Variety (March 1956)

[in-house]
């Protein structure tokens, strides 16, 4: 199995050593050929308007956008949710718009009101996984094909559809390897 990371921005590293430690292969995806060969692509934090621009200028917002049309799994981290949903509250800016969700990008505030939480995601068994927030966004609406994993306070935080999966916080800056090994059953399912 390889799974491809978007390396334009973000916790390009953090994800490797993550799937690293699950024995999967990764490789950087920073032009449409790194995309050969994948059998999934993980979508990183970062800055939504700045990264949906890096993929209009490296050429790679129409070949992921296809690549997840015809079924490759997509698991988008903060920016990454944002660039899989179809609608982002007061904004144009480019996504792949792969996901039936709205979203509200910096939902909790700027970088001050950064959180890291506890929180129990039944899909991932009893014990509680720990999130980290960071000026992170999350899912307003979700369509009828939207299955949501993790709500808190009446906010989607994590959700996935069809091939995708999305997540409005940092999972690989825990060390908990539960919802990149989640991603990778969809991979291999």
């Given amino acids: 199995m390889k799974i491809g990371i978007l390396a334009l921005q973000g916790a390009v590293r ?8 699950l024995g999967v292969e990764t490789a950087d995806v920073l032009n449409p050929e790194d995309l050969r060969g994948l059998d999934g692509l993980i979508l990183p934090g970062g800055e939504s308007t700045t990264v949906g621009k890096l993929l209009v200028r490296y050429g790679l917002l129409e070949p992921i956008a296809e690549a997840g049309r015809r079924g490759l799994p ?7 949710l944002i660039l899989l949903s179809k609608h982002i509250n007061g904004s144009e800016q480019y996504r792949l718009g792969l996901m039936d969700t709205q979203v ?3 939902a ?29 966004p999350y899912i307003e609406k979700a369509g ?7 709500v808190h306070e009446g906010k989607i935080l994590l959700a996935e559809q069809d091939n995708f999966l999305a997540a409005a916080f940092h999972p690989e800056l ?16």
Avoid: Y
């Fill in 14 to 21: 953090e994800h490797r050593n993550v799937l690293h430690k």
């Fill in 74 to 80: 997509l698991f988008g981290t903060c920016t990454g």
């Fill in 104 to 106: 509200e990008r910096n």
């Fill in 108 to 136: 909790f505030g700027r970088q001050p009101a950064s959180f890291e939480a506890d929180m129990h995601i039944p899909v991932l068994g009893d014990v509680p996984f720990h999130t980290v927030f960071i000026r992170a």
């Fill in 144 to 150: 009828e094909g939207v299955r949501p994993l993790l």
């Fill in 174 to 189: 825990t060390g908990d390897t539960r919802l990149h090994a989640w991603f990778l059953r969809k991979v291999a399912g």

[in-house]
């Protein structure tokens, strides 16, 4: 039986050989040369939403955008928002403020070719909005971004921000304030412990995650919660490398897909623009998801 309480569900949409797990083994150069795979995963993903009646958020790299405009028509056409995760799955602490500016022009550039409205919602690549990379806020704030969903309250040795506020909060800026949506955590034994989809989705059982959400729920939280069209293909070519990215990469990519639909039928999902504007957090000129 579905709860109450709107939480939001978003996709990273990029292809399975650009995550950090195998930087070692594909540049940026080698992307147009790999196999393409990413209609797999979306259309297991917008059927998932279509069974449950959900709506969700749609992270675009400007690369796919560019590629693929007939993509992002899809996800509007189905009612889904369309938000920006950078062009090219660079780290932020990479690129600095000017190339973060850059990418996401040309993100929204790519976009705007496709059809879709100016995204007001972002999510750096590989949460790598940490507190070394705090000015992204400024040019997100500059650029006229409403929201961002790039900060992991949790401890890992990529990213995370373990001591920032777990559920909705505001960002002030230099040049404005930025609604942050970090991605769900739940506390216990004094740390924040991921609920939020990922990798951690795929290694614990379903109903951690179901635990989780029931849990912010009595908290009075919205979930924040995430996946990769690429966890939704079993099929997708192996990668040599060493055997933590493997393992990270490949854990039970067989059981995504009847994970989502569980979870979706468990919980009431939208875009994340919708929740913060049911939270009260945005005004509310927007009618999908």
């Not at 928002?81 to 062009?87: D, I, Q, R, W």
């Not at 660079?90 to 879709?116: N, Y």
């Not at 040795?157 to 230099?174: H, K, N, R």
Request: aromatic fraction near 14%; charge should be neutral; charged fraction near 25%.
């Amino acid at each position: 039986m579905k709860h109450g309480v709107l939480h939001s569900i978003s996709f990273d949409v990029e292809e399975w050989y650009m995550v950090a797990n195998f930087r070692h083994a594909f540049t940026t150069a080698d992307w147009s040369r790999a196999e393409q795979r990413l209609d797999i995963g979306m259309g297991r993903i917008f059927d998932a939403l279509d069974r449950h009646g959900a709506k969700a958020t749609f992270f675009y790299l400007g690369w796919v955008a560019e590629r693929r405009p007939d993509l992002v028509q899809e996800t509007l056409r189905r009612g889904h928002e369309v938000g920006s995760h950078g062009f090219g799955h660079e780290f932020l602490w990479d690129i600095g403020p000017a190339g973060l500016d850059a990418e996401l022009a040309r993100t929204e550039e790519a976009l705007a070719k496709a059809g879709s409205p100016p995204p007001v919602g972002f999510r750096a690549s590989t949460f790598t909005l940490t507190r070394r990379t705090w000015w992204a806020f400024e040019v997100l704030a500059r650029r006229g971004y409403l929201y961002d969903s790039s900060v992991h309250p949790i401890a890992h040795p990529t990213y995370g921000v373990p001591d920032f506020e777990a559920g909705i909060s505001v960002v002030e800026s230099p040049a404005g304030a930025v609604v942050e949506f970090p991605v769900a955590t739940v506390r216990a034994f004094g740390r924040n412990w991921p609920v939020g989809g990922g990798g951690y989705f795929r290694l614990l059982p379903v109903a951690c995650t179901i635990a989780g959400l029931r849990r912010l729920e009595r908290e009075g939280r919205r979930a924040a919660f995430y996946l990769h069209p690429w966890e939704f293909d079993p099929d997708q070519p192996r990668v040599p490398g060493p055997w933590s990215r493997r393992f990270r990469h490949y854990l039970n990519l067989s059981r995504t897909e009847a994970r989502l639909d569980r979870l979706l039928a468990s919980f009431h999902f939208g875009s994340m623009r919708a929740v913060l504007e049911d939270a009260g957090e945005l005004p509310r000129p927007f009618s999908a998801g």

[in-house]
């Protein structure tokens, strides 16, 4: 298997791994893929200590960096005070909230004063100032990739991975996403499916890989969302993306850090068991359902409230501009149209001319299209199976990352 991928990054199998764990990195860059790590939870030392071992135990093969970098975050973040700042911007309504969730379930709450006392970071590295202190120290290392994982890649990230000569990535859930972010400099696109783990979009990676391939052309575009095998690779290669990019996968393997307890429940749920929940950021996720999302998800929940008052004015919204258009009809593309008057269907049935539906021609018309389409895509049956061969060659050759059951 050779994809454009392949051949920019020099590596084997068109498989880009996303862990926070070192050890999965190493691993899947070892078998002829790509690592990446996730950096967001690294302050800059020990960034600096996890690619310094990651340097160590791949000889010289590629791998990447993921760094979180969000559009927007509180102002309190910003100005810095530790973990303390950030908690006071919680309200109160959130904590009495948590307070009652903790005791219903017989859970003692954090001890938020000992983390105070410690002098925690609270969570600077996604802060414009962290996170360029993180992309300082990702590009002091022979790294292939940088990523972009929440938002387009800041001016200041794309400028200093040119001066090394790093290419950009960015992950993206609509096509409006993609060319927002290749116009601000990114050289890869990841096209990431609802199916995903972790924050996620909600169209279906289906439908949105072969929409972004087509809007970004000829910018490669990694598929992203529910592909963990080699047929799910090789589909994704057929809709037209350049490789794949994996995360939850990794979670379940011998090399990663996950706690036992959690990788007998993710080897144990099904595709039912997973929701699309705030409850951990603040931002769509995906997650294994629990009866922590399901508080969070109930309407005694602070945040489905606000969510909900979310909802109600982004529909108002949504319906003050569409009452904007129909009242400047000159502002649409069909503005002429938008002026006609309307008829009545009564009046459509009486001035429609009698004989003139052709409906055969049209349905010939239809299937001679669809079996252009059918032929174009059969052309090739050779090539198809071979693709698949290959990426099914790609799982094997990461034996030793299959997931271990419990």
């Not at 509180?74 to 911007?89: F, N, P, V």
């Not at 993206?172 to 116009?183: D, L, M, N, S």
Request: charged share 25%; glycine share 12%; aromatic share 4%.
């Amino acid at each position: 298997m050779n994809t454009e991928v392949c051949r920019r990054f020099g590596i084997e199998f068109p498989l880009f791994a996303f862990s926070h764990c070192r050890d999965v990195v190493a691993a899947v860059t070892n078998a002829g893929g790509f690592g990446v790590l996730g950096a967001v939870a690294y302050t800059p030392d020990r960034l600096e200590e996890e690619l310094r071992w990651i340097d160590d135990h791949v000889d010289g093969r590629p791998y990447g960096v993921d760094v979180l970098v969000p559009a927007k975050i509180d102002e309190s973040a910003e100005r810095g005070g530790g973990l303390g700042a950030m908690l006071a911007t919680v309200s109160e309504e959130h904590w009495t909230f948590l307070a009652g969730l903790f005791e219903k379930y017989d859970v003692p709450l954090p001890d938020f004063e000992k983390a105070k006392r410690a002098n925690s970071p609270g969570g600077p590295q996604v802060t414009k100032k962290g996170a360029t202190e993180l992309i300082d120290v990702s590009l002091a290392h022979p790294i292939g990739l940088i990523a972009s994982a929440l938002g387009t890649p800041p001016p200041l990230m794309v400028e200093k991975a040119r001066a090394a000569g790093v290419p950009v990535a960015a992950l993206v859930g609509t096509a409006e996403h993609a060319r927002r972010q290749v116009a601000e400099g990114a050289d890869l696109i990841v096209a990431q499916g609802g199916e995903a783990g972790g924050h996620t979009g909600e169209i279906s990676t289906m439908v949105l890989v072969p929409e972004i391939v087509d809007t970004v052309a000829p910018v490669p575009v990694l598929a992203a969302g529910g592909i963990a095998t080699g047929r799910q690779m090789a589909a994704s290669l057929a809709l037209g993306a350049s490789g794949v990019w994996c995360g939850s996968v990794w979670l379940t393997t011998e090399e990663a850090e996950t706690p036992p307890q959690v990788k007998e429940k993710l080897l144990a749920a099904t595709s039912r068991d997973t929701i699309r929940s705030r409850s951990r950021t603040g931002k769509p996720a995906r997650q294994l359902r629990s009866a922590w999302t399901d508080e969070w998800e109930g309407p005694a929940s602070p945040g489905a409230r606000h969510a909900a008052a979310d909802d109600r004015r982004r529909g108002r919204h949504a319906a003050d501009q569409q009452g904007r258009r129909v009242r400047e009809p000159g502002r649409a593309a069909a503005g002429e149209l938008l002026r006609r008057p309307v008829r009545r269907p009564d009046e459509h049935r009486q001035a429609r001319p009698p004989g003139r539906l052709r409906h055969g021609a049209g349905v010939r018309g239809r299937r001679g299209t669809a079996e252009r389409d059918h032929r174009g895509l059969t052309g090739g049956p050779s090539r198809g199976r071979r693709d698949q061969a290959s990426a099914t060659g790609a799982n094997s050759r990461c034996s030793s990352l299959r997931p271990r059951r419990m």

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MISCEIXA.W PfaMETY Wexln^sdgy, March 7, 1956 Paris Nightclubs, Nudes Ready For Annual Trek of Coin-Laden Yanks By GENE MOSKOWITZ Baris, March 6. Though freezing temperatures still abound here, and the shut¬ tered Bal Tabarin nitery may be turned into a temporary, hostel for cold derelicts, night club entre¬ preneurs are beginning to get ready for that yearly gold rush—which means the tourists. In spite of be¬ low zero weather, the nudes are getting under and goosepimples arc being fought off as the lines get ready to pop the orbs of a new wave of U. S. oglers, expected by the Bureau Du Tourism to be the biggest since the war. Actually it is the big plush nit- teries which get the brunt of the visitors, who do not have too much time while the smaller and offbeat spots get those insistent on local color. Hence, they too are prepar¬ ing shows to entice the free-spend¬ ing Yank. The fact that highpriced Paris has been getting the tourists for shorter stays, as they move to countries costing less, forces the niteries here to offer something that will get the shorttermers at least once, there will be plenty of nightlife, as usual, and there will be something for every taste as the City of Light gets ready to put the bite on the folding .green reserved for night. The Bal Tabarin, despite previ¬ ous announcements by the Lido Syndicate, financed by the Clerico Bros, and Jean Bauchet (run by Pierre-Louis Guerin and Rene Fra- day), is not set to reopen at this moment. The bfi? of the Lido and Moulin Rouge, plus its Cinerama operation at the Empire Theatre, has this group loathe to open an¬ other big nitery which may com¬ pete with its other operations. Move Toward Bigscale Niteries The Lido Syndicate is sharing the move towards bigscale niteries with Nahcat Martini, owner of three fleshpots in Pigalle, opening the Robinson Moulin Rouge as a big revue house right next door to the original Moulin Rouge. Rene Bardy, owner of the Pigalle nudie spot, Eve, now is reopening his lush La Nouvelle Eve after 15 months of shuttering. Relights in March with a $345,000 floor show called “Les Amours D’Eve.” Al¬ though prices will be stiff, it may rival the Lido In opulence and mounting. Bardy has collected a chorus line from all over the world, headed by U. S. terper-looker Mar¬ got Myers. Eve, smaller than the Lido, will still have Its stiff $3 •cover plus $6 minimum over the Lido $6 minimum only. Nitery prices will be steep but clippo practices can be guarded against by tourist watchfulness. That second bottle of grape does not have to be taken even if it is (Continued on page 61) Can You Top This? Milano, March 6. Magnesia San Pelligrinp has hit a new high for advertising bad taste with magazine ads widely published in Italy. Copy pictures^,Jehovah, the ancient .figure for God, urging 1 , the reader to “purge yourseif” (with the laxative) and'hdding: “Thus, if you obey my com¬ mandments, spiritual and physical, you will have both health of soul and body.” Miami Cops Check Lavender Clubs Miami, March 6. Spurred on by an expose series in the Miami Daily News, law en¬ forcement agencies in this city are again applying harassing tactics to clubs which cater to the “guys- who’d-be-dolls” set flourishing in height-of-season numbers at their favorite rendezvous. ^Spotlighted are spots which were r^id^d during a cleanup campaign on the lavender lads in 1954. Of the group, chief targets are Club Benni, Circus Bar and Club,Echo on the Beach and several small downtown Miami bar-lounges. The first three feature .entertainment stressing the offbeat,^pseudo chi¬ chi lyric chanters and femme im¬ personators. Initial polices, round¬ up of 15 men found four being fined a total of $900. All were picked up hanging around public parks and terminals. The clubs, however, are being visited regularly by police to keep operators toeing, ordinances forbid¬ ding femme-impersonators from performing. To get around the law, the deviates garb themselves in male clothing but wear hairdos and makeup to look like femmes. To date, there have been no arrests of any performers working the cafes listed. All have trimmed their acts to conform with regu¬ lations, carefully avoiding the ob¬ vious approach. ' Red Buttons Booked For N. Y. Copa Date in A^ril Red Buttons will make his first N Y. nitery stand in some years, opening at the Copacabana April 5. His last local turn was at the de¬ funct Riviera, Ft: Lee. N.J. Comic played the Beachcomber, Miami Beach, earlier this season. Tony Bennett, Larry Storch and the Four Coins open the Copa next Thursday (15). Skouras Wants to Visit Russia; Applied For Visa After Geneva Sp.vros P. Skouras, 20th-Fox president, filed a request for a visa to visit Russia last summer, following the Geneva conference, it’s learned. If it hasn’t come through so far it’s either because, with the clouding up of the international* political atmosphere, Skouras until recently didn’t press for it, or because the Soviets sim¬ ply are taking plenty of time. Skouras, an indefatigable trav¬ eler, wants to visit the Soviet Union and may do so in the late summer or early Fall. One of the slated reasons is that he wants to act as a CinemaScope salesman in the as yet untapped Soviet mar¬ ket. Inevitably, too, there is specu¬ lation that the 20th topper may huddle with Soviet officials on the possible sale of Hollywood pix to Russia. On the first point, it’s recalled that the Russians apparently have come up with their own squeeze- lens system and have made several shorts with it. They are now work 1 mg' on the first feature pix. Ac¬ cording to Nicola Napoli, Artkino prexy, following his return from (Continued on page 62) [‘WE’RE NOT PEASANTS, MY DEAR!’] Palm Beach, March 6, • Currently in its fifth winter season,,the plush, smallseat Play¬ house here remains a unique stock operation. It’s a dual showcase for established hits and the latest, fashions. The management takes care of the former and the audience supplies the latter. Every performance looks like an opening night on Broadway. The ticket-holders arc well-heeled and show it. The standard garb is black ties for the men, while the women sport Dior gowns, Tif¬ fany jewels and Maximilian furs. It’s a situation where all that glitters is gold. . Run by Paul Crabtree, who doubles as producer-director and sometimes performs himself, the Playhouse operates on a star basis. According to Crabtree, the spot is topping past seasons. It’s been in the black since its third year and now has a seasonal subscription sale that covers more than 50%. of the house. The star roster at the location has been quite impressive this season, with the lineup including Helen Hayes (“Glass Menagerie” and “The Circle”), Eva LeGalliene (“Corn Is Green”), Tallulah Bankhead (“Streetcar Named Desire”), Janet Blair and Lee Bow¬ man (“Bell, Book and Candle”) and Gypsy Rose Lee (“Twentieth Century”). Beatrice Lillie and Fred Keating are at the Playhouse currently • In a new edition of “An Evening with Beatrice Lillie,” while up¬ coming are Billie Burke in “Solid Gold Cadillac” and Judith Anderson in “Black Chiffon.” Another two shows are still to be announced and it’s probable that the usual 10-week season will be stretched an additional stanza. OUR FAVORITE WAR U Reissuing 1948 ‘Tap Roots’ In Backwash of ’61-’65 CELEBRITY SISTERS The Celebrity Club, Philadelphia, will get a couple of sisters ii/ as many weeks. Gypsy Rose Lee has been signed for that spot for a week ending April 7„ and June Havoc follows in April 13. London Doctors Double As West End Producers, But Under Pseudonyms 'London, March 6. Two London doctors who are going into West End legit man¬ agement are unable to reveal their identity because of the rules of the British Medical Assn.- Violation might cause withdrawal of their right to practice medicine, since the medical group forbids its mem¬ bers to publicize themselves. The two physicians use the firm name of K. G. G, Productions. They are operl<ing under the individual (Continued on page 62) PfiiilfrY i Subscription Order Form Enclosed find check for $ ™ i TT A r One Year Please send VARIETY for ij> wo y ears To (Please Print Name) Street City. . Zone.... State. Regular Subscription Rates One Year—$10.00 Two Years—$18.00 Canada and Foreign—$-1 Additional Per Year PTatmfr inc. 154 West 45th Street New York 34, N. Y. Renewed interest in all aspects of the ’Civil War period as evi¬ denced by the publication of nov¬ els, biographies and histories of the period “as well as plans to con¬ vert some of the properties to films —notably “Andersonville” — has prompted Universal to reissue “Tap Roots,” a Civil War drama originally released by the com¬ pany in 1948. The film stars Su¬ san Hayward and Van Heflin. The picture, in Technicolor, Is scheduled for reissuance in May. It will be preceded, however, by a pre-release saturation booking in the Atlanta territory. According to present plans, Universal will give the picture a new film treatment in relation to the publicity and ex¬ ploitation effort. A new press book and advertising campaign is being prepared. For double feature territories, “Tap Rodts” will be teamed with “Kansas Raiders,” originally re¬ leased in 1950. Latter was selected because of the present popularity of Audie Murphy and Tony Curtis, both, of whom % have roles in’ “Raiders.” Murphy emerged into prominence again recently as a re¬ sult of the click of his film auto? biography, “To Hell and Back,” In which he‘ starred. Newsreels Yen Color & Widescreen But Deadline Plus Cost Chill Use Saturday’s New Kid* Des Moines, March 6. A century-old custom ended' last weekend when the 49 re¬ tail stores in the East Des Moines business district dis¬ continued Saturday night open¬ ings, in favor of Friday night openings. Action followed a poll of more than 4,000 shop¬ pers. Conclusion, Saturday night shopping had been outmoded by reason (I) big television programs and '(2) long week- • ends made possible by the five- day work week. - ^ The Eyes Have It Inger Stevens, femme lead in the recent Broadway flop, “Debut,” Is in line for top honors as the actress with the most fascinating eyes. That at¬ tribute was reflected In four of the New York daily news¬ paper reviews on the play. She was labeled “a golden blonde with black eyes” by Brooks At¬ kinson, Times; “a luscious girl with piercing blue eyes” by Walter F. Kerr, Herald Trib¬ une; "a bright-eyed and pretty young newcomer” by Richard Watts Jr., Post, and a “dark¬ eyed, dimpled blonde” by Wil¬ liam Hawkins, World-Tele¬ gram. The actress herself says_ her eyes are blue. Ed!) Of her acting, Atkinson stated, “if Miss Stevens seri¬ ously wants to become a stage actress, it is possible that she will have to forget her beauty, unlearn her mannerisms and start at the beginning again” but Watts, a bachelor, wrote that the actress “went on to achieve a *pers6nal success of gratifying proportions^. Burlesk Films In Short Supply Too As in more orthodox theatres, there’s a product shortage on the burlesque feature film circuit. Sam Cummins of Jewel Produc¬ tions', who distributes such prod¬ uct and exhibits them, too, at his Pix Theatre in Washington, says the customer^ (“We have a nice, steady clientele”) are beginning to complain about the many repeat showings. There aren’t many burlesque houses operating in the country, but even for those that still are, the y product supply is thinning out. One of the problems of these situ¬ ations is th^it the newspapers re¬ fuse to take ads proclaiming the greatness of any particular bur¬ lesque show. Cummins said he had imported a “clean” burlesque film- from France and also intended to shoot several bump-an^-grinders in the east. The French burlesque reelers are in color, and they have the advantage of “name!’ performers, such as Lili St. Cyr. “There’s no stripping in the pictures we bring in,” said Cummins, “but they go for the names anyway.” The American newsreels, strug¬ gling hard to keep their heads above water, are straight jacketed into their present format ■ by in¬ dustry economics. Newsreel editors agree that the reels would get a big shot in the arm if they could switch to color and CinemaScOpe. Both appear to be impossible for a long time to come. Tinting the newsreels is out for two good reasons—one is cost, the other is a time factor. With reels being sold below cost, no company is going to Switch to color. “Even if we do, the^^xhibitors probably wouldn’t pay aN^ent more for them,” was one comment. Even if it paid, however, it’d still be tough for the reels to provide color prints in time for normal release. Labs could be speeded up to han¬ dle certain issues, but that involves . an added cost factor and certainly isn’t something that could be done all the time. Why not CinemaScope in black- and-white then? One. of the editors explained it: One third of the ma¬ terial fed to the reels come from outside,' non-staff sources. Film may ^come in from the Abyssinian Government or a freelancer in the Philippines. To. get C’Scope foot¬ age would mean ‘ equipping all these sources with the proper lenses. In some instances it would mean doubling the coverage. “We have only one choice, and that is to equip our staff with Cin¬ emaScope lenses, and to rely ex¬ clusively on these cameramen,” ob¬ served the reel exec. “It wbuld give us extremely limited cover¬ age.” One way out, of course, is formation of a reel pool, with staff¬ ers contributing from all „over. Competitive element stands in the way. Reprise Silvers, Kitt Pix, Originally Given Go-By Minneapolis, March 6. • Phil Silvers’ television click is causing a number of local neigh¬ borhood houses to book the reis¬ sued “Top Banana” which they passed up originally when It was first around a couple years ago. Picture at that time fared poorly during its loop first-run and bag¬ ged few subsequent-run bookings, although the stage show had played a local two-week engagement Jp fairly good business. In the same connections Eartha Kitt’s rise a's a personality has old “New Faces,” originally shunned by the neighborhood houses after a loop first-run .flop, also picking up bookings in the subsepiients on reissue. PURE HASTY PUDDING Harvard’s Annual Undergrad Mu¬ sical Retains All-Male Tradition Cambridge, Mass., March 6. “Love Rides the Rails,” Hasty Pudding Theatrical’s 108th produc¬ tion at Harvard, will open March 14 in Cambridge. It’s described as a musical Interpretation of far¬ cical melodrama^ Victor Ziskin and Varrick Bacon wrote the music. Lyrics are by Jay Cavior and Clark Tyler. Leads are played by Timothy Gates, Paul Haskell, Jonathan Keyes, Charlie MacVeagh, Henry Holmes, John Britton, John Tehan, Bradford Swett, Peter Gaynor, Robert Bick¬ ford and Preston Brown. In keeping with tradition, there are no femmes in the cast. Last fall, plans were underway to upset the 108-year-old tradition by bring¬ ing in girls to take the distaff parts, but after considerable furor, the plan died.